The Blindspot Series – Finally getting around to Reality Bites
Taking a bite out of Reality Bites
One of my New Year’s resolutions was to complete one year of the Blindspot series. This is a series of monthly posts I began last year but never followed through with. The intention is to watch a fairly popular/classic film that you should’ve watched ages ago, but have been avoiding for some reason. Then to collect your thoughts about the process; was there a reason you avoided it in the first place, did it live up to your expectations, etc. (If you need some refreshing on this film, you can download/stream it on Amazon for $2.99: Reality Bites)
The film I chose for my first installment of 2013 was Reality Bites, a 1994 rom-com directed by Ben Stiller and written by Helen Childless. The story revolves around a group of friends in their early twenties; fresh-faced American college graduates entering the real world and experiencing all the fun stuff that adults have to experience but with an early 90s grunge aesthetic. There’s a gay character, a promiscuous female, a slacker philosopher, a personal documentarian, a young televisions executive, the film has it all. And all the characters have drama and hang-ups that should make them relatable because they hate a lot of things. They hate their jobs, hate their friends, hate their parents, but without contemporary pathos because they don’t seem to hate themselves. They also have quirky, REAL PERSON character traits like, one has to get an AIDS test, another spends hundreds of dollars calling a psychic, another dude has a band, you know, things that you do. (?)
It’s just too bad that it doesn’t mean a thing. Here, watch the trailer and let me know what you think.
The real plot of Reality Bites is the “love” triangle between Lelaina, the young documentarian and Troy, the slacker philosopher whom she has been friends with since college. Troy has never slept with Lelaina or her roommate Vickie despite having multiple conquests and it just drives the two of them mad. Their sexual tension is heightened by Lelaina’s relationship with Michael, the young TV executive that Lelaina meets after THROWING HER CIGARETTE IN HIS CAR AND CAUSING A MAJOR ACCIDENT. Both are matches made in heaven, obviously. How will she choose?
The purpose of the narrative seems to imply that Lelaina and Troy are so TOTALLY OBVIOUSLY DESTINED FOR EACH OTHER for some reason, but are always on the wrong page. While she attempts to play the corporate game with her PA position on a daytime TV show, he gets fired for stealing a chocolate bar. When she rejects his advances one day after getting herself fired in an equally juvenile way, she falls into a shame spiral and he doesn’t visit her apartment for days or weeks or something, a suspicious activity considering he was squatting in her living room anyway. This is complicated by the fact that when she starts dating Michael, Troy wields his jealousy and manipulativeness over her like a hammer, while she jabs and insults the core of his humanity whenever she can. Apparently this is love because that’s what happens in movies right? Unfortunately their inevitable, tragic love is thrown a curve ball when Michael finds a way to help Lelaina achieve her DREAMS despite his representing the MAN.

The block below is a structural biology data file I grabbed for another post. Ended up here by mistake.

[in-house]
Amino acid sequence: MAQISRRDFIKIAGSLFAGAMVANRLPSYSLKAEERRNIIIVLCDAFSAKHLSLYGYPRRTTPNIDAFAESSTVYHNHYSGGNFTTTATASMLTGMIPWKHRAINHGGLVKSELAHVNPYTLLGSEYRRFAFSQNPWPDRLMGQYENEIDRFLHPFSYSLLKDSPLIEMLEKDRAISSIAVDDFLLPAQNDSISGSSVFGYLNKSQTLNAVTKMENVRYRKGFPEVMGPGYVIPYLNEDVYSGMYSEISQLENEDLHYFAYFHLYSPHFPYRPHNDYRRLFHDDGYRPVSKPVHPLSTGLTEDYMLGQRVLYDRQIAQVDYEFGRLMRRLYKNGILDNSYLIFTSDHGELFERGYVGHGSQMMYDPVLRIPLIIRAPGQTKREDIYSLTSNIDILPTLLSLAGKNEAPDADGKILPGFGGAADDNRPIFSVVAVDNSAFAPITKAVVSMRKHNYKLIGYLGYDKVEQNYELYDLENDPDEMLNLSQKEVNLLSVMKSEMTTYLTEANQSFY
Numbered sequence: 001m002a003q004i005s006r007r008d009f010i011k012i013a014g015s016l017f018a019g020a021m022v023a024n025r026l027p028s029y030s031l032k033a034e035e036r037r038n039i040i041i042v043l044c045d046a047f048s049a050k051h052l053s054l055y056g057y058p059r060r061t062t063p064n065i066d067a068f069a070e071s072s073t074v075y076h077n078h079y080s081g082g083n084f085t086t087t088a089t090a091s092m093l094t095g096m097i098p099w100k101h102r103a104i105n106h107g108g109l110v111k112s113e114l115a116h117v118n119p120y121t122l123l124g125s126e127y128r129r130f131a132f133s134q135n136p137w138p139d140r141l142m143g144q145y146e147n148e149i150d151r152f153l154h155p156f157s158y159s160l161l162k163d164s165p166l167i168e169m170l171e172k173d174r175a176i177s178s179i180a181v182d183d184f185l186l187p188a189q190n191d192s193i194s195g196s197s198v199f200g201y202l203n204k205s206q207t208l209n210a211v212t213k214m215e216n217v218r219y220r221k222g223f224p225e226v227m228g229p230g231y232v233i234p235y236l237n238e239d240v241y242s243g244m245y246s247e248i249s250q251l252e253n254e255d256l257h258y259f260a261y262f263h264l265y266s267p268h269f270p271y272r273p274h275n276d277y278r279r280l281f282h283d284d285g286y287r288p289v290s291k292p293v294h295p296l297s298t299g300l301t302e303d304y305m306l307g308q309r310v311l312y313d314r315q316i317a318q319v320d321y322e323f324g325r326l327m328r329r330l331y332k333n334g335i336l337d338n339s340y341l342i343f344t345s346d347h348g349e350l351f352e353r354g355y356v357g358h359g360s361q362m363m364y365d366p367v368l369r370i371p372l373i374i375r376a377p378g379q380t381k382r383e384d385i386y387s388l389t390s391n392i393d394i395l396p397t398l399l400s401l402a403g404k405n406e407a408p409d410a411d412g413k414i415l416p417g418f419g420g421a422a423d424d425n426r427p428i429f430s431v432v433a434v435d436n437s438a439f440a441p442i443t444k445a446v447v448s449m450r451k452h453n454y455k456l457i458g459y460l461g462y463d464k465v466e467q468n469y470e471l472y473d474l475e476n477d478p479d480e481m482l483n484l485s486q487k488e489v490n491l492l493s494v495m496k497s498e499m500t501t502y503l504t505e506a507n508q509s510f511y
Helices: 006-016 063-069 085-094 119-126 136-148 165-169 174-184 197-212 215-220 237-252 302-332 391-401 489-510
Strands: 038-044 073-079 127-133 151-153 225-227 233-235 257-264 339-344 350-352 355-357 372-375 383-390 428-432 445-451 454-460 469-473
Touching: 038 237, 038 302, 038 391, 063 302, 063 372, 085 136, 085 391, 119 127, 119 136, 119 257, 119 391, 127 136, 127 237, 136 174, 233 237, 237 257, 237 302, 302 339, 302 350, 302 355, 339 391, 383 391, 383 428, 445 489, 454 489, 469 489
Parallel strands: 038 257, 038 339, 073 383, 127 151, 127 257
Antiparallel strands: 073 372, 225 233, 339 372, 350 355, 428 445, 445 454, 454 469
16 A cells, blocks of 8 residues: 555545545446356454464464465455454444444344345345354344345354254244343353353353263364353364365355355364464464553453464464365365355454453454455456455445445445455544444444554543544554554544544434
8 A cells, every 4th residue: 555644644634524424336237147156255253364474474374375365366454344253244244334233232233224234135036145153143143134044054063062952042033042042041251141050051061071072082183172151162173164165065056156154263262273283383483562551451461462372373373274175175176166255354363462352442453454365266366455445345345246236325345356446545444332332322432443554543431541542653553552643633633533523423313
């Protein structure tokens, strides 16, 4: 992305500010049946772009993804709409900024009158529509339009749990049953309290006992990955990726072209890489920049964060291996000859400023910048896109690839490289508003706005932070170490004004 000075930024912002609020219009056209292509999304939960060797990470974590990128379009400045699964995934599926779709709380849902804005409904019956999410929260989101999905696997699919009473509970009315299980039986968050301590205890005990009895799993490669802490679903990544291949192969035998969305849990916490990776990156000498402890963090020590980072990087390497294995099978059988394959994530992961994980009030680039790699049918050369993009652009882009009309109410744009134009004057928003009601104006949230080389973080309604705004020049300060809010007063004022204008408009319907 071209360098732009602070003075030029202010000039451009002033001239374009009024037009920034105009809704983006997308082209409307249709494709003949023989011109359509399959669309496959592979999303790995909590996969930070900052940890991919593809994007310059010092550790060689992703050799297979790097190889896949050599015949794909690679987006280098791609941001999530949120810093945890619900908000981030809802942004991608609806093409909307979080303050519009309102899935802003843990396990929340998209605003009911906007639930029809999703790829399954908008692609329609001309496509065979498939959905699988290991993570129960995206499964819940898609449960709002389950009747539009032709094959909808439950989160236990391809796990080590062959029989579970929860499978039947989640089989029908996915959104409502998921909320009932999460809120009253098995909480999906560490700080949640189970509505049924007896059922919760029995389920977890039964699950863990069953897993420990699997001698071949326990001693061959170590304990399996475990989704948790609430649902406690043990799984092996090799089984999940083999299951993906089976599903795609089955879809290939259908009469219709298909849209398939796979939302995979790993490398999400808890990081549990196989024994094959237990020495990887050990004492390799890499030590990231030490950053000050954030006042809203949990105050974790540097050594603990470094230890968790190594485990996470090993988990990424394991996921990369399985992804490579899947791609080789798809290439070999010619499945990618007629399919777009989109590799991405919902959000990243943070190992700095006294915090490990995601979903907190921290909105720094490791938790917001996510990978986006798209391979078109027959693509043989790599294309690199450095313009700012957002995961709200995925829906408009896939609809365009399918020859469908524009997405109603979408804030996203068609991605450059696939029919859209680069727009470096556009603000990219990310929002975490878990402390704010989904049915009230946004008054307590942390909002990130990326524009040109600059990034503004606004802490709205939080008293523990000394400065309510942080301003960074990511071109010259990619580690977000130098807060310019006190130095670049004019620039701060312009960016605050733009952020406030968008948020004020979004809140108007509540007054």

(Also, time has no meaning in this movie. I can never tell if things are happening in a week or in a month or even a day. It’s strange.)
I felt like I was watching this movie at the tail-end of a bad hangover. I recall dozens of people telling me how much this movie defined their teenage-hood, how it cemented Ethan Hawke as this ineffable love interest, this this that. If anything, Lelaina and Troy ARE destined to be together but only so much that they are condescending assholes. I can’t even get angry about her lack of agency and feminism in her relationship with Troy because I honestly couldn’t care less about her character. I feel the most sympathetic for Steven Zahn’s character who we know NOTHING ABOUT other than the fact that he is gay; he has no story, not even a subplot and basically only exists to chastise Lelaina on her (horrible) life choices. Vickie is sympathetic up to a point, but also a shell.
The only relevant takeaway from Reality Bites that I can grasp is that all the negative criticism that people have said about millenials in the past few years (particularly on TV shows like Girls), the same shit can be found in Reality Bites. They’re lazy, self-centered, spoiled, surprisingly snobby, immature, unprepared to deal with reality and adulthood and you know, the film presents this as partially their parents fault. The only stories or interactions we see with parental figures are depressing and reductive, they are definitely not role models. Overall, Reality Bites is a great way-stone in the field of movies about twenty-somethings, only because it’s a great reminder that some things never change. (Like the perceptions of selfish twentysomethings.)
But maybe I’m just too old for this movie now. Maybe my opinion would be different if I had watched this in my teens. Janeane Garofalo did an AV Club interview and offers some great insight on the film and about how it represents a generation she never belonged to, or even understood while making it. Give it a read.
Next month I’m deciding which Ingmar Bergman film to watch, suggestions below please!